Sir Nicholas, who died last year and is sometimes referred to as Britain’s Oskar Schindler, organised the rescue of more than 600 Jewish children destined for Nazi concentration camps, arranging for trains to carry them out of German-occupied Prague to the UK.
His estate was sold by his family at Oxfordshire’s Swan Auction House in Tetsworth on November 3 and raised a total of £19,400.
Auctioneer Tom Keane said the most surprising result was the high interest in Winton’s leather bound childhood bible.
The bible, bearing the inscription 'To Nicky on Your Confirmation, March 21st 1925, With Love From Father' and bearing gilt initials 'NGW', was hammered down at £1600, against an estimate of £40-50.
Sir Nicholas was born to Jewish parents in 1909 and during the 1930s worked in London as a stockbroker. He arranged foster families for the Jewish children from the trains he had organised in the months before the outbreak of war and persuaded British custom officials to allow the children through.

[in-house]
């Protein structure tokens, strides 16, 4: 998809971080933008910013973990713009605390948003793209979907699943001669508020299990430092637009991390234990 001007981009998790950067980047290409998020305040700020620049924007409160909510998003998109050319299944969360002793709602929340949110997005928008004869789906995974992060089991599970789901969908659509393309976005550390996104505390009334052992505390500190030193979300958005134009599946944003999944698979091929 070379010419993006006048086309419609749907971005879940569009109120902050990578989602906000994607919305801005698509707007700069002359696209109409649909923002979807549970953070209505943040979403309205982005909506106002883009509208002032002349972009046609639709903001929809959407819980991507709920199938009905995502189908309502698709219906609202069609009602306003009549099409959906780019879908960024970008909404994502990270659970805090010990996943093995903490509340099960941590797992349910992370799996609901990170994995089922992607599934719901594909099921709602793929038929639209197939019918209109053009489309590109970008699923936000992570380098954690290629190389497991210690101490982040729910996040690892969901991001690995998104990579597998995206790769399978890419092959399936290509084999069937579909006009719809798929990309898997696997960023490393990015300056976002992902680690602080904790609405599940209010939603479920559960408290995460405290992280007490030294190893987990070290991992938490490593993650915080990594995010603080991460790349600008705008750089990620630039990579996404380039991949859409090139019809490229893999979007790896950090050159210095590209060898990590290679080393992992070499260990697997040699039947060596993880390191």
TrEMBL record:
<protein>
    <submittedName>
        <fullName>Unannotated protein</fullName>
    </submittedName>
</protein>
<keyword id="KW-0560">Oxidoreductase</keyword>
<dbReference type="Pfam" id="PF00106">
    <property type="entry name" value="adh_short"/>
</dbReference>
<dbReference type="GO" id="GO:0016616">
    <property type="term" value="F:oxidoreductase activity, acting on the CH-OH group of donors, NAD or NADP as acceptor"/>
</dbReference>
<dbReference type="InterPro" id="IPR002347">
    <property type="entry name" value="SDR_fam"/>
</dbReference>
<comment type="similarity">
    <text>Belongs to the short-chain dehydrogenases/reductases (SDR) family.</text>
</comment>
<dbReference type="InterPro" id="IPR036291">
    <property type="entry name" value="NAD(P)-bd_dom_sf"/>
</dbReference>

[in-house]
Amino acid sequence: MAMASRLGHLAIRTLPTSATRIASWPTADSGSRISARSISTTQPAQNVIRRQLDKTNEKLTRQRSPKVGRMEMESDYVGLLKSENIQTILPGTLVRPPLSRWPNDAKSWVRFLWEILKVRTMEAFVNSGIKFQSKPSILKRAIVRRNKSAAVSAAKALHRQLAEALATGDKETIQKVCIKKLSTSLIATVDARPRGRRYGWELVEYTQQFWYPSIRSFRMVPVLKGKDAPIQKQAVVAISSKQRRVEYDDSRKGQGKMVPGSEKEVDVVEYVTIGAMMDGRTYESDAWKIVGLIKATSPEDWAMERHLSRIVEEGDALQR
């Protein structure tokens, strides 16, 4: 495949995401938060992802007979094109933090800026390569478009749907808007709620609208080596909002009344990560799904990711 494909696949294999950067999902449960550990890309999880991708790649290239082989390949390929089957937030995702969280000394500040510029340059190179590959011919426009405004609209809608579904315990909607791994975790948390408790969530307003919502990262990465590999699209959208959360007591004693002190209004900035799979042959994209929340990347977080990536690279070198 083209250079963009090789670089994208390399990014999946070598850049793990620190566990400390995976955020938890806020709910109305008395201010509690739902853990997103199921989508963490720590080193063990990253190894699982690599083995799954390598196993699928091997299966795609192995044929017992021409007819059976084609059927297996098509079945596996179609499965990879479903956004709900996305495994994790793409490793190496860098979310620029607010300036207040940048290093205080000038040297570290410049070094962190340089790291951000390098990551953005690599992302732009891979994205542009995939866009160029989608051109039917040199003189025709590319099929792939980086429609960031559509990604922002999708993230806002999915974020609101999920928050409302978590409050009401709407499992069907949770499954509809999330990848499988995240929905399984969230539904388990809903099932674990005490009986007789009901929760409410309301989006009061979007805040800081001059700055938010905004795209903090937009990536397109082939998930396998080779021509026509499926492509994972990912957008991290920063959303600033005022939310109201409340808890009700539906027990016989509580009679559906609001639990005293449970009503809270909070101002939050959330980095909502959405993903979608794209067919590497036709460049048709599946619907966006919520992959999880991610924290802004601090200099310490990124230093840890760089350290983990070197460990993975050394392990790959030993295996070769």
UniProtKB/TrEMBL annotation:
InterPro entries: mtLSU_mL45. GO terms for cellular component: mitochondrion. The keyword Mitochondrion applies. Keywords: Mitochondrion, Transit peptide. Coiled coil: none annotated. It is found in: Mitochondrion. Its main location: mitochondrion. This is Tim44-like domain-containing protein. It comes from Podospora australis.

Knighthood in 2003
His brave actions remained largely unknown in the UK after the war but in 2003 he received a knighthood from the Queen.
The Swan Auction House sale included a Lalique vase, sold for £320 against a £150-250 estimate, and a canteen of Russian silver cutlery, hammered down for £3200 against an estimate of £2000-3000.
A 105th birthday message from the Queen to Sir Nicholas overshot an estimate of £150-250, and was knocked down at £300.
The Winton family decided to sell the bulk of his estate including his house in Maidenhead, following his death, but are keeping hold of a number of treasured possessions.